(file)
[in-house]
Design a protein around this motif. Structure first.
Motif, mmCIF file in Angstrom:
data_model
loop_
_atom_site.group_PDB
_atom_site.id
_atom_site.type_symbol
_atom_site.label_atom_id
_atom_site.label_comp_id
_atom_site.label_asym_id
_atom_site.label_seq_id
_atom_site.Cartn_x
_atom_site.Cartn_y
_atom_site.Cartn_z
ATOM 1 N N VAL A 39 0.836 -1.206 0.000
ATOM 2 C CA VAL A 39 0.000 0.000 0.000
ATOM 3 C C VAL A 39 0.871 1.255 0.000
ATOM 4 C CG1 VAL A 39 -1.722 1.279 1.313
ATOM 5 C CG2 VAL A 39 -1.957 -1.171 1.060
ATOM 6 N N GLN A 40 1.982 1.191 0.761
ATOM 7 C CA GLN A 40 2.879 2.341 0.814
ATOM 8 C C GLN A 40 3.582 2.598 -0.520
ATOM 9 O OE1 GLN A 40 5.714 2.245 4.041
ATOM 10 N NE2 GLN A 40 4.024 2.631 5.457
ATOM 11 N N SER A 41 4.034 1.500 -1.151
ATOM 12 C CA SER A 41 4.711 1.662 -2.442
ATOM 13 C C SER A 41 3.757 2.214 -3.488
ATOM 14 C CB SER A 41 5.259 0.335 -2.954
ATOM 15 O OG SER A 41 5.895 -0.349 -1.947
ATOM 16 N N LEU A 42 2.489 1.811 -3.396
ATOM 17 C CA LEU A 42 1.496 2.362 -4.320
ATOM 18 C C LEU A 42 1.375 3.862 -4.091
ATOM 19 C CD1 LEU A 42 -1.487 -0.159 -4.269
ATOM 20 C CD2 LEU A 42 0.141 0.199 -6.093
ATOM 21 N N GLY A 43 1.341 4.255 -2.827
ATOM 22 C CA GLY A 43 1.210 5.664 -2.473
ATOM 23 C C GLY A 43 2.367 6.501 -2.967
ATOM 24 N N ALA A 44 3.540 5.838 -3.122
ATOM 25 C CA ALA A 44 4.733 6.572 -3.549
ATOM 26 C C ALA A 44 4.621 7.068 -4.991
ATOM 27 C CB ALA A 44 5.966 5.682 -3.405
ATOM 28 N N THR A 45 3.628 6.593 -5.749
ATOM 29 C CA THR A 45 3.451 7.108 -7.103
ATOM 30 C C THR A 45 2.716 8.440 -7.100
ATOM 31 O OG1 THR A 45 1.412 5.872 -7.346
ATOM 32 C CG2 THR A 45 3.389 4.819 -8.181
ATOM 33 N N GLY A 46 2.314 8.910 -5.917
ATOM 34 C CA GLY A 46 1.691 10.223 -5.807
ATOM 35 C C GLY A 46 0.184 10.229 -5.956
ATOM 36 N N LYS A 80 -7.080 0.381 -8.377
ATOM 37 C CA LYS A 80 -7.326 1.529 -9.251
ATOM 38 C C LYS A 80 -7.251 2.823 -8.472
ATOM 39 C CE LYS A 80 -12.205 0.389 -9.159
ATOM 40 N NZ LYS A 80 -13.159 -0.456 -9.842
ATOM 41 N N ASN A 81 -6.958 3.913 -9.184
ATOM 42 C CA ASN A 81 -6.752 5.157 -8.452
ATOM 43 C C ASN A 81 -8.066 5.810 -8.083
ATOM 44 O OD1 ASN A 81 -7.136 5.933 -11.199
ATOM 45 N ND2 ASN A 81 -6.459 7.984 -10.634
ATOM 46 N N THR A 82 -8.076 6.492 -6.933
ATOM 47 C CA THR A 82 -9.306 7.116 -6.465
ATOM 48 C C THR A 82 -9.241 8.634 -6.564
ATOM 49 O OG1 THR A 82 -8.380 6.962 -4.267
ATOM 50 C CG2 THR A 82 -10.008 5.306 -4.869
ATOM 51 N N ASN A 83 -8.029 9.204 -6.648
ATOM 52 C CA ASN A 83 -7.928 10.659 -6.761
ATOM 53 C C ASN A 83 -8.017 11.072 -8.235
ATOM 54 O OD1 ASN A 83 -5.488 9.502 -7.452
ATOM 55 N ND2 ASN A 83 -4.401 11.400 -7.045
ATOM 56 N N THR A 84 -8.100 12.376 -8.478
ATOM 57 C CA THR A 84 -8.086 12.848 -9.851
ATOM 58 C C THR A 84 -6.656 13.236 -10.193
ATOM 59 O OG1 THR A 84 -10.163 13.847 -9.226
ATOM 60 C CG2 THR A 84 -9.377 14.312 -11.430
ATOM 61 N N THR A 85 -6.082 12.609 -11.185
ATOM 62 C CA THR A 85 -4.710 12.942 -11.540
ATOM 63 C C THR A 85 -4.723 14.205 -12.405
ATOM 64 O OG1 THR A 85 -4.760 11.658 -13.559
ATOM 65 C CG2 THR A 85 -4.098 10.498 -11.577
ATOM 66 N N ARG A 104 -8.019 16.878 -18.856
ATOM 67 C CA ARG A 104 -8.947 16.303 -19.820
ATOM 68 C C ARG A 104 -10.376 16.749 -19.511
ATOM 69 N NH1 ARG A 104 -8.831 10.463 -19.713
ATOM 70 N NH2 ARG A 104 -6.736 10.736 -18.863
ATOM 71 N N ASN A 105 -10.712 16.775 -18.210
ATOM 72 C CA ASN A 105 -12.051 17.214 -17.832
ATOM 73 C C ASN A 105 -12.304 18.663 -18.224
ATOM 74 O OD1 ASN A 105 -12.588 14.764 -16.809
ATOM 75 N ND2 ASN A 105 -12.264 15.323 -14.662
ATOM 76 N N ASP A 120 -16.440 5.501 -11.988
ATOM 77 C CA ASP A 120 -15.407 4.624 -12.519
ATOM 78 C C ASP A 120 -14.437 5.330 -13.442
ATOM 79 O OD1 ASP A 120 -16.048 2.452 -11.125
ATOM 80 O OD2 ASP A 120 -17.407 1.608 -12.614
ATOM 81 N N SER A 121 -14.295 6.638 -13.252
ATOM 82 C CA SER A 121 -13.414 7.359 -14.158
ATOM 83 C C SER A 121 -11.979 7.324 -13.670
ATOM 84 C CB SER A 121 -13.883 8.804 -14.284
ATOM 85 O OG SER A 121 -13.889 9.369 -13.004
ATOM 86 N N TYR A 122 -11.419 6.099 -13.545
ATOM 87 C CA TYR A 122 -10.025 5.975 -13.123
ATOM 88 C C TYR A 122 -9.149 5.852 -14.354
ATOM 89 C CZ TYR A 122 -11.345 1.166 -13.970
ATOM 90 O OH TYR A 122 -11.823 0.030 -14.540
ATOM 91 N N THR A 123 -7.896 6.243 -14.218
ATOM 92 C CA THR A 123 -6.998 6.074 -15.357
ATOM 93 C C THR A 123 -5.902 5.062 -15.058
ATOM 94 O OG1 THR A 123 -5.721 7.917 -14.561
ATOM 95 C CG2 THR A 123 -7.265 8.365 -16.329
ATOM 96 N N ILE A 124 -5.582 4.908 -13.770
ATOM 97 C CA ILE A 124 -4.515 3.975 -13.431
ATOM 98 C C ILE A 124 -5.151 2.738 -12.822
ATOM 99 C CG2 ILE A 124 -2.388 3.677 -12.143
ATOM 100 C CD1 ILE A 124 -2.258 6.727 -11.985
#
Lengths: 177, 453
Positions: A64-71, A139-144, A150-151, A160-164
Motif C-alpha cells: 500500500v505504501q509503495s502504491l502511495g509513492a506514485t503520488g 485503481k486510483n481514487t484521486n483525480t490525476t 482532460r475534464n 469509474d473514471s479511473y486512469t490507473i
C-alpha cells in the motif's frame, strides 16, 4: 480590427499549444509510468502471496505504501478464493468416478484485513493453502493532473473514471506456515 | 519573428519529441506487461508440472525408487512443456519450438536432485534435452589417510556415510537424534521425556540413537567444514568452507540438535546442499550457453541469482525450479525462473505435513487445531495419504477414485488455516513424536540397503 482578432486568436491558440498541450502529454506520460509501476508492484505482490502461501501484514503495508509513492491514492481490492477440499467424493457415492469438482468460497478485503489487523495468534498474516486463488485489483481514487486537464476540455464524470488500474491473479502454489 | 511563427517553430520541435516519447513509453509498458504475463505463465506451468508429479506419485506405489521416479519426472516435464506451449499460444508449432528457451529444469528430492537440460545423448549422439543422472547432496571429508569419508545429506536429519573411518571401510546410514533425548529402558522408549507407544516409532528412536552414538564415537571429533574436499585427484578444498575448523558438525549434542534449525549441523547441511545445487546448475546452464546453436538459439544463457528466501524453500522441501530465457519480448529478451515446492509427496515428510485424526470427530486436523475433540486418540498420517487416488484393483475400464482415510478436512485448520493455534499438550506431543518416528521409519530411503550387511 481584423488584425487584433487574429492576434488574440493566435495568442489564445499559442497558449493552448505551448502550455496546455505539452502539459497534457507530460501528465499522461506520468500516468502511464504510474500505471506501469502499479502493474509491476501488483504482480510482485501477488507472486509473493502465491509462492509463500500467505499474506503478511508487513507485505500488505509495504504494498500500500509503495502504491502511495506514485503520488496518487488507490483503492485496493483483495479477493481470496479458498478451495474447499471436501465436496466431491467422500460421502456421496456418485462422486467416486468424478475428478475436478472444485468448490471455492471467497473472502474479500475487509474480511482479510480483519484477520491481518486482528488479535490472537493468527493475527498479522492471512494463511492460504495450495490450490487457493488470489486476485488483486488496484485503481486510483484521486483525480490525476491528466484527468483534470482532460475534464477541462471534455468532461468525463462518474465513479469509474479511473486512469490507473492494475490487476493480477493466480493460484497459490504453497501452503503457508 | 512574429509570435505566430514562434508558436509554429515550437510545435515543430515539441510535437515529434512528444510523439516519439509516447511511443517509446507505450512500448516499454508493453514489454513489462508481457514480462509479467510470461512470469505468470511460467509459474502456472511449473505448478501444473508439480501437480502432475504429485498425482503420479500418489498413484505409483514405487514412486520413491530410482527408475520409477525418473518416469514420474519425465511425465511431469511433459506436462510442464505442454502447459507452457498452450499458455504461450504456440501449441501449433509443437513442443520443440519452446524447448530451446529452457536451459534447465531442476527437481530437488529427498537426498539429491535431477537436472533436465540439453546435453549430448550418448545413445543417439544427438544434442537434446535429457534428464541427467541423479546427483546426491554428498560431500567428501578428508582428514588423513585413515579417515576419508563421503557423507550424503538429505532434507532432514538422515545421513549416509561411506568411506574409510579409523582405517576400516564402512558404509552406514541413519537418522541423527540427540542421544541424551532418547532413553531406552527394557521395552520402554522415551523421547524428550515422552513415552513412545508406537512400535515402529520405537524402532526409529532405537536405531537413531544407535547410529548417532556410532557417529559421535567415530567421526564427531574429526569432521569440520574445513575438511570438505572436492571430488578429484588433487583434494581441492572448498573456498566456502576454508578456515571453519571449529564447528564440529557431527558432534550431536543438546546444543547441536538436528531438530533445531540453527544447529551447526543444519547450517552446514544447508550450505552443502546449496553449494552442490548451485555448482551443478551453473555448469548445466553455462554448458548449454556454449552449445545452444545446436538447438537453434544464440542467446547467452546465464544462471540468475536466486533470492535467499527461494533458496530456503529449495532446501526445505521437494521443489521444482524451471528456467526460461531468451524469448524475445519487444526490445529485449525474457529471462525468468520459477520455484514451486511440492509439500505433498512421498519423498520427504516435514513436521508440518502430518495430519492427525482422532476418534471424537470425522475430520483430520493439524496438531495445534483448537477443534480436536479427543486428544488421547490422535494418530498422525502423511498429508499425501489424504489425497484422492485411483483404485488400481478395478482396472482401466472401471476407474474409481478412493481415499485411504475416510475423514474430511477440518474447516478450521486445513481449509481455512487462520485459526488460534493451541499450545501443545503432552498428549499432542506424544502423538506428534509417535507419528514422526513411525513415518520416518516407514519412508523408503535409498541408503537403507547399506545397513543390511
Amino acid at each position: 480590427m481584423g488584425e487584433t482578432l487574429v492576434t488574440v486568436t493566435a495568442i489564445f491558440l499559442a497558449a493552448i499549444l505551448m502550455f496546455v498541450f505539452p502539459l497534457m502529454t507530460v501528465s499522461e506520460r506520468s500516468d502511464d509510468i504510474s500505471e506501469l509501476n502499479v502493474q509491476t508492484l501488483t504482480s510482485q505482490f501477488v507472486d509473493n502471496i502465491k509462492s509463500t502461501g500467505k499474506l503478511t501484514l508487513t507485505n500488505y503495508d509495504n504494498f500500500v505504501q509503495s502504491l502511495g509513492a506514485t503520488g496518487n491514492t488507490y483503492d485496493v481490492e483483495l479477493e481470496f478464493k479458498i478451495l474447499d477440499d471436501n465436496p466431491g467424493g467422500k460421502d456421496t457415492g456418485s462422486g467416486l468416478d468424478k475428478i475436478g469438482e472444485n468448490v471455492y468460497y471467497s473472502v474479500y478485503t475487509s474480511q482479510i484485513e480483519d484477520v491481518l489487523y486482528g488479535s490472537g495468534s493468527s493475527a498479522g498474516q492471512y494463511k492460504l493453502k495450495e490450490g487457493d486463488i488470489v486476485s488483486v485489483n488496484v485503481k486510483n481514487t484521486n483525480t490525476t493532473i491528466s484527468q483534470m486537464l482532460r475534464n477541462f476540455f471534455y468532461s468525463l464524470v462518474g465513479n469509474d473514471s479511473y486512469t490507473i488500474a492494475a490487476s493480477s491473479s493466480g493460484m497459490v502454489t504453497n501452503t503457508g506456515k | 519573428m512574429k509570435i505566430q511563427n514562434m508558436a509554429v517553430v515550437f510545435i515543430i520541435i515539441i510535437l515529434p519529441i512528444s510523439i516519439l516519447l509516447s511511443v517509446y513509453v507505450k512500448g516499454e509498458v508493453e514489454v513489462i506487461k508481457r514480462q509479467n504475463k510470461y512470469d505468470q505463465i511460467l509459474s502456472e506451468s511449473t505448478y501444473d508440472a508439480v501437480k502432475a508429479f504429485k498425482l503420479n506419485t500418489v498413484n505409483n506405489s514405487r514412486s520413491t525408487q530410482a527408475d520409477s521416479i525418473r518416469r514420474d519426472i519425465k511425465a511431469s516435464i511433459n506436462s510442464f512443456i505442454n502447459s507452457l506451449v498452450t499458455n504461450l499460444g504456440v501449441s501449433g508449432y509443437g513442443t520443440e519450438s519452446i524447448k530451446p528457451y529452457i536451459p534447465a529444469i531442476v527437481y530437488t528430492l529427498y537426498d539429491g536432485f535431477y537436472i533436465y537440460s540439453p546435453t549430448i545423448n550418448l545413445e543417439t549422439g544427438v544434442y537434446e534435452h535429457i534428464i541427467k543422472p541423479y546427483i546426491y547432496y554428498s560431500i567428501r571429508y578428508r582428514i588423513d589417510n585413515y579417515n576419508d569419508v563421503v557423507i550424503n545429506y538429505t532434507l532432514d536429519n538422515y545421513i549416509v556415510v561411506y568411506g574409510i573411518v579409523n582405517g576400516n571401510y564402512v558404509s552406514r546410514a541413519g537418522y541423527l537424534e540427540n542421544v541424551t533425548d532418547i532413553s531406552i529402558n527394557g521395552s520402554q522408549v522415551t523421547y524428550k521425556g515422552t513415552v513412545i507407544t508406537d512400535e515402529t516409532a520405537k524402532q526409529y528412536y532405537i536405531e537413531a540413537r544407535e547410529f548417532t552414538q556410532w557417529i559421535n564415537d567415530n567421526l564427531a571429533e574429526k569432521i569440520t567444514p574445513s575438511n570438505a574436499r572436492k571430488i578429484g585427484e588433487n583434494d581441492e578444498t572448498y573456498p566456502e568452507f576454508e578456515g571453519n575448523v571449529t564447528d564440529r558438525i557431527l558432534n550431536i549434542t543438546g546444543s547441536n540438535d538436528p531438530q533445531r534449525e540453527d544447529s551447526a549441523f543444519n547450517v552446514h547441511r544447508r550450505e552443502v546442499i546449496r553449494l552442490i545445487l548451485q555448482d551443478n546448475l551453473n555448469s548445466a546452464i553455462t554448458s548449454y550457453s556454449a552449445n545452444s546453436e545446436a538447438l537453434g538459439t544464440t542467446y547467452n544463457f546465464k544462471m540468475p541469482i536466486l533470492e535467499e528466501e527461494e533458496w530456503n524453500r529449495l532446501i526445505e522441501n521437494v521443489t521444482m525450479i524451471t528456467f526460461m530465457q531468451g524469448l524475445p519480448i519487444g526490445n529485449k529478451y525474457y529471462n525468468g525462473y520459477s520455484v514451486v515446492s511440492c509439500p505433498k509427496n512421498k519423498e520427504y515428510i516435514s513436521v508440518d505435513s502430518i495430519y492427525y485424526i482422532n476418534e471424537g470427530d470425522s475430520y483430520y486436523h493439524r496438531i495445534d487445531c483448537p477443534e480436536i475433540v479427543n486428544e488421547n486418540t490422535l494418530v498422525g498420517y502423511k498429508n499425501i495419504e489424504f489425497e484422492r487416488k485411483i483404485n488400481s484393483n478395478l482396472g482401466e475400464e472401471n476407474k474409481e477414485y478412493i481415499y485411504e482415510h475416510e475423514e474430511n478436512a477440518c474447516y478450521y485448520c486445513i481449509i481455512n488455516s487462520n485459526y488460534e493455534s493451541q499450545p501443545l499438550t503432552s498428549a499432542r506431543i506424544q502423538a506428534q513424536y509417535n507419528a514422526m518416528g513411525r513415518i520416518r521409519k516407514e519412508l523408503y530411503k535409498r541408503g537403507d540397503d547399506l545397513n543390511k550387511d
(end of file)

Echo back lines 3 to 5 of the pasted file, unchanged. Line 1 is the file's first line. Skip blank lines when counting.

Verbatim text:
Motif, mmCIF file in Angstrom:
data_model
loop_